A Maritime Heritage Trail can be followed and the Ha’Penny Pier Visitor Centre on the Quay offers guided walking tours throughout the summer. The Historical Society recommends starting out from the Low Lighthouse Maritime Museum and Lifeboat Museum (you can get climb aboard the lifeboat too) and walking to the Barge Murals which overlook the site where Thames Sailing Barges were built up to 1930. Look out for the Treadwheel Crane, built in 1667 to a Roman design, which resembles a massive, human hamster wheel because of the way two men powered the crane by walking within it, dangerously without a restraining brake system.

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The Electric Palace Cinema: photo with kind permission of the cinema

Available to visit on request is the old Radar Tower, at Beacon Hill Fort, which was the first radar installation of the second world war. (Ask at the Harwich Visitor Centre.) Should you wish for more sedentary entertainment, the gorgeous Electric Palace Cinema has a programme of films and events. It was built in 1911 for Charles Thurston. the well-known East Anglian showman, and is the oldest unaltered purpose built cinema in Britain, boasting the actor Clive Owen as patron. The cinema’s silent screen, original projection room and ornamental frontage remain relatively intact and interestingly, Friese Greene, the inventor of cinematography, lived in Dovercourt, a short stroll away and home to good quality sandy beaches and a genteel promenade.

Back in Harwich, there’s the charming L-shaped Half’Penny pier, so named for the halfpenny toll charged when it opened in 1853 (the pier also used to be the site of transfer from the boat train to the ferry) although visitors no longer have to pay. Return to the quayside and cross over to The Pier hotel  which was built in 1852 in Italianate style to resemble a Venetian palazzo and overlooks the pier- the hotel dining rooms have fantastic views of the huge cruise liners and tankers that pass by on their way to the port. The Pier Hotel’s jolly white stucco and blue painted frontage is topped-off by an octagonal lantern on the roof and the bedroom annex is in sight of the red and white Trinity House lightship that was featured in Richard Curtis’ film, The Boat That Rocked, about the pirate radio ship, Radio Caroline, that was anchored off the coast nearby and broadcast day and night to thousands of teenagers living in Suffolk and Essex, myself included.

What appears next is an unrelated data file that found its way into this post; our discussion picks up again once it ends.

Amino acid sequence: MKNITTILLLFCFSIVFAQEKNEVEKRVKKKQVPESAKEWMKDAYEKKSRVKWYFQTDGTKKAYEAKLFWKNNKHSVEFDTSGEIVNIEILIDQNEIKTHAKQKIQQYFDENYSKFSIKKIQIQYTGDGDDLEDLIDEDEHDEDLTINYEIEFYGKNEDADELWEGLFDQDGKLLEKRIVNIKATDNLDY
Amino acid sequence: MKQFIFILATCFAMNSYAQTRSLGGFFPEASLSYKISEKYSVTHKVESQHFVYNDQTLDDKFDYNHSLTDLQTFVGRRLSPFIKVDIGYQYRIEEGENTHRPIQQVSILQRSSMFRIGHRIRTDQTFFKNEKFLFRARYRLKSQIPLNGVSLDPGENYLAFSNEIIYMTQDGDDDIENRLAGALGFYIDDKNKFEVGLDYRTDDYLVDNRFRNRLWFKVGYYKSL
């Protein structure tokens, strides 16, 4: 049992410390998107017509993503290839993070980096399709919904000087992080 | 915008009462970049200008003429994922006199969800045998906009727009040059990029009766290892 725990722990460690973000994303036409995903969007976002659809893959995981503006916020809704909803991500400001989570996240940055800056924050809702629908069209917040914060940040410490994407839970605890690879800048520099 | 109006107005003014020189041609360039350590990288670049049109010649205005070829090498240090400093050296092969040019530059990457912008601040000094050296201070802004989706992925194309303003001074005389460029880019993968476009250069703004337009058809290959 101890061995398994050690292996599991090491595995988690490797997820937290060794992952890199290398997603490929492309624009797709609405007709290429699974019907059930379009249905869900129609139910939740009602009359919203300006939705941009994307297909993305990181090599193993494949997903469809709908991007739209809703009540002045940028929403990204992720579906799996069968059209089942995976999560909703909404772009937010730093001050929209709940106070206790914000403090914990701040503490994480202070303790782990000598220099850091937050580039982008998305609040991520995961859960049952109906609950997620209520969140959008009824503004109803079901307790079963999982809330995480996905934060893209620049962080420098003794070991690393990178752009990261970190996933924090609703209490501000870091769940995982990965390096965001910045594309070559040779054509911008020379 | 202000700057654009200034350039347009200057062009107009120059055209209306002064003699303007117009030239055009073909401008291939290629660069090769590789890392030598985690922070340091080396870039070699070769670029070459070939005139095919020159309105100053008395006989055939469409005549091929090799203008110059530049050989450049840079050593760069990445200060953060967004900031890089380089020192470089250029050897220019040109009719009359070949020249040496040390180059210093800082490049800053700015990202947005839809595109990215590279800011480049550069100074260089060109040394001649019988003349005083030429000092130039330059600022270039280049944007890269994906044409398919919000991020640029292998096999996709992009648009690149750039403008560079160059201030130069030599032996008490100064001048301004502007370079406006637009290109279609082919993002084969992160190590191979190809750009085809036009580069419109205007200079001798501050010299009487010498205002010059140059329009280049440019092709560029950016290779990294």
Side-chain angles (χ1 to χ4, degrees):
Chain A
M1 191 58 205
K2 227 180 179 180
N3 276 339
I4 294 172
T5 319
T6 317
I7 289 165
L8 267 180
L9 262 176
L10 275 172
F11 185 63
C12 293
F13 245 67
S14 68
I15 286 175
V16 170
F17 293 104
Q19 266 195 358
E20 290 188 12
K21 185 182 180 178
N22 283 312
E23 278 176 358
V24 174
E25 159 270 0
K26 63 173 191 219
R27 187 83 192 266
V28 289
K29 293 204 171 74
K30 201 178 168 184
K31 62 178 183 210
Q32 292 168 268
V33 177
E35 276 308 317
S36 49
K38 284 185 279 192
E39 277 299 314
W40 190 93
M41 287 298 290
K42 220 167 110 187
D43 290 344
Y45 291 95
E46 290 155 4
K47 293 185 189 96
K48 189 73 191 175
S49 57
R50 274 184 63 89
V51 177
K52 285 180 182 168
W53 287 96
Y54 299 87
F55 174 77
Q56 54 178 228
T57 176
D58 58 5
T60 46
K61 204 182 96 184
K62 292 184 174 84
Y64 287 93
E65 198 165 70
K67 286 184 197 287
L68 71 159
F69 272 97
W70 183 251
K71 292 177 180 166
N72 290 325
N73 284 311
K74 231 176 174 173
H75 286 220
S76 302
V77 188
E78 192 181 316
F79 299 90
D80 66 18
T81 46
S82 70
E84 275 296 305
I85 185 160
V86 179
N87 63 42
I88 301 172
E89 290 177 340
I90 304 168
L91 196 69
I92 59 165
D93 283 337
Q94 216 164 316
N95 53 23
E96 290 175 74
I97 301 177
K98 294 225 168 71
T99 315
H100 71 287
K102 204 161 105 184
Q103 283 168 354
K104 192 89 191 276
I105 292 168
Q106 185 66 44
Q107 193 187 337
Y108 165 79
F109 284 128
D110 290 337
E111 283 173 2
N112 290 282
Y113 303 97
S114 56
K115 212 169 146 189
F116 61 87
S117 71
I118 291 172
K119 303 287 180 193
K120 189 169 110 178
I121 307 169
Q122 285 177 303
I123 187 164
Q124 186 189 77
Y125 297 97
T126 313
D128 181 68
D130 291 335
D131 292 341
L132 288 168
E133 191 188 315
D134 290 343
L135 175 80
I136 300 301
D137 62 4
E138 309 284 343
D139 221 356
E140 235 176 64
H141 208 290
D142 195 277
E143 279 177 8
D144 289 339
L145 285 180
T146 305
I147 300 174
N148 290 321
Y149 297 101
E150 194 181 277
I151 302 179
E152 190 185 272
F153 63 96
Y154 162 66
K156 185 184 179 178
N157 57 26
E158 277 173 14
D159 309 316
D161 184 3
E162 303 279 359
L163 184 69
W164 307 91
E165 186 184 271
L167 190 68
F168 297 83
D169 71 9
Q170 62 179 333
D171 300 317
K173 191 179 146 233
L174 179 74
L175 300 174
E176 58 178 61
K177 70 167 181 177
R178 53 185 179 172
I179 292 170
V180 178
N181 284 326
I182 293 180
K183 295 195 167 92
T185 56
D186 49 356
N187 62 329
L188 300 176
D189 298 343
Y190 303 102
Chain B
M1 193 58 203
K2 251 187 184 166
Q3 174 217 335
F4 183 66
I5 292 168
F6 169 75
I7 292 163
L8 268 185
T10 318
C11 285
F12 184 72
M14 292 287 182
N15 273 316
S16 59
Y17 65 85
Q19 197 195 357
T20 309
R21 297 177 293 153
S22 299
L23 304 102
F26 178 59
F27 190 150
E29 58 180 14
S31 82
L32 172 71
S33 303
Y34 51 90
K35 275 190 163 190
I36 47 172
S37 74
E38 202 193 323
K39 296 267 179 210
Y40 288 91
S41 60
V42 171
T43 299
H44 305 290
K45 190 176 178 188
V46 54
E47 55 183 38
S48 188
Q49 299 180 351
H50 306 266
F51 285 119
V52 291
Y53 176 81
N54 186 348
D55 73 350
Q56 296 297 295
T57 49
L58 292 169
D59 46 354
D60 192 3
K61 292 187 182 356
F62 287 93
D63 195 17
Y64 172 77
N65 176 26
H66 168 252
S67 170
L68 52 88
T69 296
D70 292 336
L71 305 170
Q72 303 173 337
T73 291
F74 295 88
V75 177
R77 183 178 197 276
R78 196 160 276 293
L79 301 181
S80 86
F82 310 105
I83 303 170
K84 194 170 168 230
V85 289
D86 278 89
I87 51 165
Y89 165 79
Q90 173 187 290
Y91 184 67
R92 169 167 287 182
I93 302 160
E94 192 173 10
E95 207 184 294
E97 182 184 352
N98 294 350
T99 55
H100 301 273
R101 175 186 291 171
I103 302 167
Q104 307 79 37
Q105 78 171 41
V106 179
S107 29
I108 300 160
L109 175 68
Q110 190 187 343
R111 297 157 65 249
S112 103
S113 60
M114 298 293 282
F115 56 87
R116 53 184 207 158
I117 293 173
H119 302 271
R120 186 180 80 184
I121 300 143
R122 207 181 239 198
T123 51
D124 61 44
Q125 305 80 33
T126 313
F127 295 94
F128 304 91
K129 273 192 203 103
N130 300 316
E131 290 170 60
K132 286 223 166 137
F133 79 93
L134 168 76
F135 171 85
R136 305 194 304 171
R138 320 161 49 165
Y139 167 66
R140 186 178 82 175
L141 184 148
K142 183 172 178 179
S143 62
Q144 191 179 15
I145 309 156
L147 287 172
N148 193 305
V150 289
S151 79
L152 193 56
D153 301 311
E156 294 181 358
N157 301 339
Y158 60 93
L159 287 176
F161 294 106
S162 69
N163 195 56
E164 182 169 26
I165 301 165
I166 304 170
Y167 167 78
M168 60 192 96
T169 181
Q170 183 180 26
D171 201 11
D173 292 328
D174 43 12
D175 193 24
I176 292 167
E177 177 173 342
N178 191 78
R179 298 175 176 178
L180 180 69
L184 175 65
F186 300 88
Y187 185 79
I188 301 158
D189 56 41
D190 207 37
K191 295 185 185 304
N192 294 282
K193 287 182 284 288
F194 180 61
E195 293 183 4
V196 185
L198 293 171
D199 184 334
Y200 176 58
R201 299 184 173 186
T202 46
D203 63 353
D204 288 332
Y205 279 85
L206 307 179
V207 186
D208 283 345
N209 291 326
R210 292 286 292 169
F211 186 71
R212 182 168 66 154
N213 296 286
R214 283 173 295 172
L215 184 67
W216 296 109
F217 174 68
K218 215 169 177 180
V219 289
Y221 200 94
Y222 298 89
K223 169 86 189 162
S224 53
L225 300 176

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Photo: courtesy of The Alma Inn

The Alma Inn was once the home of Sara Twitt who married Christopher Jones,  the local man named as master and part-owner of the Mayflower in an Admiralty document, and we spent an evening in the pub, listening to the live band and eating some of the best fish and seafood we’ve ever had. Just a few steps away from the quayside and at the heart of old Harwich, it has been a pub since the 1850s, is one of Tendrings finest CAMRA pubs and feeds its guests seven days a week on what is describes as contemporary food with an Iberian twist.